As soon as you step through the door at Smoky Oak Taproom, you notice a thick haze in the air, and your nose is hit with a tempting aroma. A smoky bar and grill is a rarity in these days of indoor smoking bans, but Smoky Oak fills the bill in the absolute best way: from the red oak and hickory wood that fires the restaurant’s barbecue cookers.

Smoky Oak blends sports bar with barbecue joint. The big dining room wraps around an L-shaped bar, and there are plenty of booths and tables inside to handle a big crowd. The brown wood has a worn but cozy feel to it, and there’s an automotive theme at play. Retro tailfins top the back of each booth, complete with an Indian head taillight, and the booths are lit by green-shielded auto headlights. A big plastic replica of a Corvette front-end sits atop the lowered roof over the bathrooms, and it’s joined by a dozen racing wheels, too.

For appetizers, Smoky Oak offers up sports bar fare with a few barbecue twists. The beer battered onion rings ($6) are big and doughy, and they’re fried crispy and golden brown the way they should be. While they sell wings in your standard mild, hot, and “smokin’ ” buffalo style, you can get them slathered with barbecue sauce, too ($6 for a dozen), and the Smoky Oak Red BBQ sauce is a tangy, delicious way to garnish a wing. The pancake-flat potato skins ($7) look a little funny, but one bite reveals a splendid morsel that combines pulled pork with cheddar cheese and a dark, smoky chipotle barbecue sauce. Other intriguing selections include the stuffed jalapeños (three for $9), which are filled with crabmeat, wrapped in bacon, then roasted on the barbecue smoker, as well as carnita-style tacos (two for $7) that come topped with pulled chicken, smoked pork, or even chorizo.

The appetizers are tempting, but you don’t want to overdo it, for the barbecue plates are hefty enough to challenge even the biggest appetite. The selection is broad, including pulled pork, pulled chicken, beef brisket, smoked pork sausage, St. Louis-cut ribs, and “High Life” beer can chicken. You can get a sandwich combo with one side ($6 for pork or chicken, $7 for brisket), a regular platter with two sides ($7 for sausage, $8 for pork, $9 for brisket), or — if you haven’t eaten in a week — a large platter with an extra portion of meat ($10 for sausage, $10 for half a beer can chicken, $11 for pork, and $12 for brisket). The dry-rub ribs come on their own platter (half-slab $12, whole $18) or in tandem with pulled pork ($16) or in a full-on sampler with ribs, chicken, sausage, and pork ($26).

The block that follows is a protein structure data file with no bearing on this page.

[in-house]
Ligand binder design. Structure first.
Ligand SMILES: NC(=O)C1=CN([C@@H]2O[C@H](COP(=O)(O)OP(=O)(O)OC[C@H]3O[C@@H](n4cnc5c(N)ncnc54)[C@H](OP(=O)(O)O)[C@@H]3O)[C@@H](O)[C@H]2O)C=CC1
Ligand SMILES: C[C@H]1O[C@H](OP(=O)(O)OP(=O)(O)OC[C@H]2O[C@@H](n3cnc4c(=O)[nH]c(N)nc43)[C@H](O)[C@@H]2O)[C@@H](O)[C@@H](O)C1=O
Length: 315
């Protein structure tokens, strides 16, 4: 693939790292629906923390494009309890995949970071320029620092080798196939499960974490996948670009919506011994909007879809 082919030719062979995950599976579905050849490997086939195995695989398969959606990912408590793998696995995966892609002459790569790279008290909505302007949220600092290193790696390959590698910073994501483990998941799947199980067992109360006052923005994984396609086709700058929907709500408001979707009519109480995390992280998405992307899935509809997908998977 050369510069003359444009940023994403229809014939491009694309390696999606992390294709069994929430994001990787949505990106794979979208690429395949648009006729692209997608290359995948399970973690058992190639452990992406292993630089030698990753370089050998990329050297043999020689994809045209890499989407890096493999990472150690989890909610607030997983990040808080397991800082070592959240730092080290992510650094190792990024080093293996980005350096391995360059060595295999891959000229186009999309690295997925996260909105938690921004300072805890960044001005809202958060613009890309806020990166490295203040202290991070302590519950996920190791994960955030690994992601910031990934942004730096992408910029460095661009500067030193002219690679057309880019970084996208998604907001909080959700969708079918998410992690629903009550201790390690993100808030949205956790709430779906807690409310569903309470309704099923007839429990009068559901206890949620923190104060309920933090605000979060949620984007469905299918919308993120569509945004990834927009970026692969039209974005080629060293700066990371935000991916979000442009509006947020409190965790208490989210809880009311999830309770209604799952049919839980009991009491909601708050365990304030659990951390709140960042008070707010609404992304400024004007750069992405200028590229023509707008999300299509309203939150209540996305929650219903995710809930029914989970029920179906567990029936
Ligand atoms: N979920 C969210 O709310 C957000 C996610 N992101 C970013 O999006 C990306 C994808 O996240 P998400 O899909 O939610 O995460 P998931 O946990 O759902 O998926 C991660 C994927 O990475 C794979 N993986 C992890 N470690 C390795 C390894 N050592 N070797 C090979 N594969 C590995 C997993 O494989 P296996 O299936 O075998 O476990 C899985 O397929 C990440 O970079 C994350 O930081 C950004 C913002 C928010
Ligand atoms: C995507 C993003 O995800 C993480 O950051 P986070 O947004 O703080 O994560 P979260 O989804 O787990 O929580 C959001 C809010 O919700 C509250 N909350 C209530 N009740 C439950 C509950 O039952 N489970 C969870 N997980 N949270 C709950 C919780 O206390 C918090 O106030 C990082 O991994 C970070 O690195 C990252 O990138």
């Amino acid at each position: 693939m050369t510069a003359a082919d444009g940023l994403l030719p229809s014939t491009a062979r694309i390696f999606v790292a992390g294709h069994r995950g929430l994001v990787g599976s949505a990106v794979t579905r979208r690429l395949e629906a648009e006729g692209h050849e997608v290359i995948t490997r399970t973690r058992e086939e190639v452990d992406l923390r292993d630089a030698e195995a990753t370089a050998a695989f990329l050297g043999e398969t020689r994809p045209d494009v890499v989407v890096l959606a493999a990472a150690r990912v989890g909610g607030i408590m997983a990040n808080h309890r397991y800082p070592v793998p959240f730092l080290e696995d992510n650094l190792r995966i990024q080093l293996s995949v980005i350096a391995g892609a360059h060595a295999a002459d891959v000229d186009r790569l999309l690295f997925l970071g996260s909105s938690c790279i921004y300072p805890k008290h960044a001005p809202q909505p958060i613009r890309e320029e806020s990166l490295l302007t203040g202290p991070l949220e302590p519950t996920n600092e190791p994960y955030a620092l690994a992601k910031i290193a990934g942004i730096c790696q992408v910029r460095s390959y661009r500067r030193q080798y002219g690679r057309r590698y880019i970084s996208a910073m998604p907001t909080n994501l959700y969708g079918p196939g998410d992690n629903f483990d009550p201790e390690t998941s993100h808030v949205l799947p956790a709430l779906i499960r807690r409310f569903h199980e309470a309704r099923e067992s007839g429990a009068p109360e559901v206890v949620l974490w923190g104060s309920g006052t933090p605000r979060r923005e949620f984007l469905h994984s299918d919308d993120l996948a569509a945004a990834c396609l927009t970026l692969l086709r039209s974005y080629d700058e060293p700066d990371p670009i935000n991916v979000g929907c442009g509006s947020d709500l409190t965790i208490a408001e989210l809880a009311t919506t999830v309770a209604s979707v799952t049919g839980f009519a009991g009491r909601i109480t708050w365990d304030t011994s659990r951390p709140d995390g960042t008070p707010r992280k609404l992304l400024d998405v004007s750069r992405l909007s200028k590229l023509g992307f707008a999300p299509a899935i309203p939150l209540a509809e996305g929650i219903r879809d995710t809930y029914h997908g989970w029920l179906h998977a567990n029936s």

The barbecue is as good as your nose would lead you to believe. The pulled pork is tender and mildly smoky, with nice bits of the “outside brown” mixed in. But they pale in comparison to the ribs, which are exceptionally smoky and have great pink tinges at the edges of the meat.

All the barbecue is served without sauce, though there are four different styles to choose from on the table: a Texas-esque “red rib sauce,” a sweet Carolina mustard, smoky-hot chipotle, and “Wilber’s Hopped Up Vinegar” — a spicy vinegar concoction fired up with red pepper flakes like they serve in Eastern North Carolina. The red sauce is just right for the deep smokiness of the ribs, while the mustard-based sauce — as good as any you’ll find around town — proves the superiority of the yellow stuff for pulled pork.

And the portions are big. A regular pulled pork platter will strain your waistband, and the rib-and-pork combo platter, with its softball-sized mound of pork barbecue and seven bones worth of ribs, might do it in altogether. Even the kids’ meals are huge: the chicken finger plate is a reasonable $4 and has three massive strips that look more like full breasts than tenders.

The side items, I must admit, are a bit of a mixed bag. The potato salad has the flavors and textures all wrong — potatoes not quite tender, the dressing a little too runny and overloaded with the flavor of pickle and celery seed. The blackeyed peas are bland and mushy and could use a little vinegar or bacon to pick them up. The collard greens, on the other hand, have a delightful sweet vinegary sparkle to them, and the handcut French fries are superb — golden brown, crisp, and salty.

Not everything is perfect in the area of service, either. Low and slow is good when you’re cooking barbecue, but not when you’re serving it. The restaurant seemed understaffed for the Saturday lunch crowd, and every part of the meal — from the appetizers and entrées to refills on the drinks — left us waiting, patiently at first and then long enough to become impatient.

But, it’s a small price to pay for massive mounds of tasty, reasonably-priced barbecue, and the 16 beers on tap and another 50 in bottles just up the ante. The good folks out on James Island have long been in need of more barbecue options. Smoky Oak Taproom, located in the heart of things off of Camp Road, has arrived just in time.